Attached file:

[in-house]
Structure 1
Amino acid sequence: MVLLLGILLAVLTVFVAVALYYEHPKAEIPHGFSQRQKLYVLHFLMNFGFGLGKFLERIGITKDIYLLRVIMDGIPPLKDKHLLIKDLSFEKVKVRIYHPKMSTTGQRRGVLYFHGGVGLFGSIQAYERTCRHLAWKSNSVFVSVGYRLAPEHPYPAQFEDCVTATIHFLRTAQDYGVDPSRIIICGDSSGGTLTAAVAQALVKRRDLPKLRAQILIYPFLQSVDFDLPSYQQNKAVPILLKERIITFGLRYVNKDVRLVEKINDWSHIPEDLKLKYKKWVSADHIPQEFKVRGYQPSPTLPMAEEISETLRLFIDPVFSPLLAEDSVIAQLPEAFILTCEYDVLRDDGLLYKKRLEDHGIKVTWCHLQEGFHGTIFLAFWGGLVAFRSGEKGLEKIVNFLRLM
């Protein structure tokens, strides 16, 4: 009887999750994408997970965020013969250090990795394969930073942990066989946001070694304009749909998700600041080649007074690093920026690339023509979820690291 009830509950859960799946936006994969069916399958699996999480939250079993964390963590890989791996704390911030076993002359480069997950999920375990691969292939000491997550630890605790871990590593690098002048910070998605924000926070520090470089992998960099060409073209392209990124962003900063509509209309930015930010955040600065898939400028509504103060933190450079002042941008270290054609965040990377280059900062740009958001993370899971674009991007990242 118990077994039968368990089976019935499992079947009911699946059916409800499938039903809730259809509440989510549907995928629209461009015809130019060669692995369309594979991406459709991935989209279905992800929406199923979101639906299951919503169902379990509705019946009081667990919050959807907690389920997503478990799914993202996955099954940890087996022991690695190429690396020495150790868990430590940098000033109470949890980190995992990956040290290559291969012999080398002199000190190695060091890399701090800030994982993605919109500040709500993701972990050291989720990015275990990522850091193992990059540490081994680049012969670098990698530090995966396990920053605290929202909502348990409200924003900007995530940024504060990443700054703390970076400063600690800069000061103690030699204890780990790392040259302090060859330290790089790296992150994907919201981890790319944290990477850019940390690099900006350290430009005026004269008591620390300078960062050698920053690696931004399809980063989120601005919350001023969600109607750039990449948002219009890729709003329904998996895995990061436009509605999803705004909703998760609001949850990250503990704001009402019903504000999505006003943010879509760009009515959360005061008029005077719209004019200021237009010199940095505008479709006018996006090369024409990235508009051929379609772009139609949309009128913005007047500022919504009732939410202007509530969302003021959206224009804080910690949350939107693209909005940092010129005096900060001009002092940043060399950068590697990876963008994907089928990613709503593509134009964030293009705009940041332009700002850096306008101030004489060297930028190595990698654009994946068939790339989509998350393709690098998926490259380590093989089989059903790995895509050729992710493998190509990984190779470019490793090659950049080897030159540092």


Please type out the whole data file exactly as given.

[in-house]
Structure 1
Amino acid sequence: MVLLLGILLAVLTVFVAVALYYEHPKAEIPHGFSQRQKLYVLHFLMNFGFGLGKFLERIGITKDIYLLRVIMDGIPPLKDKHLLIKDLSFEKVKVRIYHPKMSTTGQRRGVLYFHGGVGLFGSIQAYERTCRHLAWKSNSVFVSVGYRLAPEHPYPAQFEDCVTATIHFLRTAQDYGVDPSRIIICGDSSGGTLTAAVAQALVKRRDLPKLRAQILIYPFLQSVDFDLPSYQQNKAVPILLKERIITFGLRYVNKDVRLVEKINDWSHIPEDLKLKYKKWVSADHIPQEFKVRGYQPSPTLPMAEEISETLRLFIDPVFSPLLAEDSVIAQLPEAFILTCEYDVLRDDGLLYKKRLEDHGIKVTWCHLQEGFHGTIFLAFWGGLVAFRSGEKGLEKIVNFLRLM
């Protein structure tokens, strides 16, 4: 009887999750994408997970965020013969250090990795394969930073942990066989946001070694304009749909998700600041080649007074690093920026690339023509979820690291 009830509950859960799946936006994969069916399958699996999480939250079993964390963590890989791996704390911030076993002359480069997950999920375990691969292939000491997550630890605790871990590593690098002048910070998605924000926070520090470089992998960099060409073209392209990124962003900063509509209309930015930010955040600065898939400028509504103060933190450079002042941008270290054609965040990377280059900062740009958001993370899971674009991007990242 118990077994039968368990089976019935499992079947009911699946059916409800499938039903809730259809509440989510549907995928629209461009015809130019060669692995369309594979991406459709991935989209279905992800929406199923979101639906299951919503169902379990509705019946009081667990919050959807907690389920997503478990799914993202996955099954940890087996022991690695190429690396020495150790868990430590940098000033109470949890980190995992990956040290290559291969012999080398002199000190190695060091890399701090800030994982993605919109500040709500993701972990050291989720990015275990990522850091193992990059540490081994680049012969670098990698530090995966396990920053605290929202909502348990409200924003900007995530940024504060990443700054703390970076400063600690800069000061103690030699204890780990790392040259302090060859330290790089790296992150994907919201981890790319944290990477850019940390690099900006350290430009005026004269008591620390300078960062050698920053690696931004399809980063989120601005919350001023969600109607750039990449948002219009890729709003329904998996895995990061436009509605999803705004909703998760609001949850990250503990704001009402019903504000999505006003943010879509760009009515959360005061008029005077719209004019200021237009010199940095505008479709006018996006090369024409990235508009051929379609772009139609949309009128913005007047500022919504009732939410202007509530969302003021959206224009804080910690949350939107693209909005940092010129005096900060001009002092940043060399950068590697990876963008994907089928990613709503593509134009964030293009705009940041332009700002850096306008101030004489060297930028190595990698654009994946068939790339989509998350393709690098998926490259380590093989089989059903790995895509050729992710493998190509990984190779470019490793090659950049080897030159540092």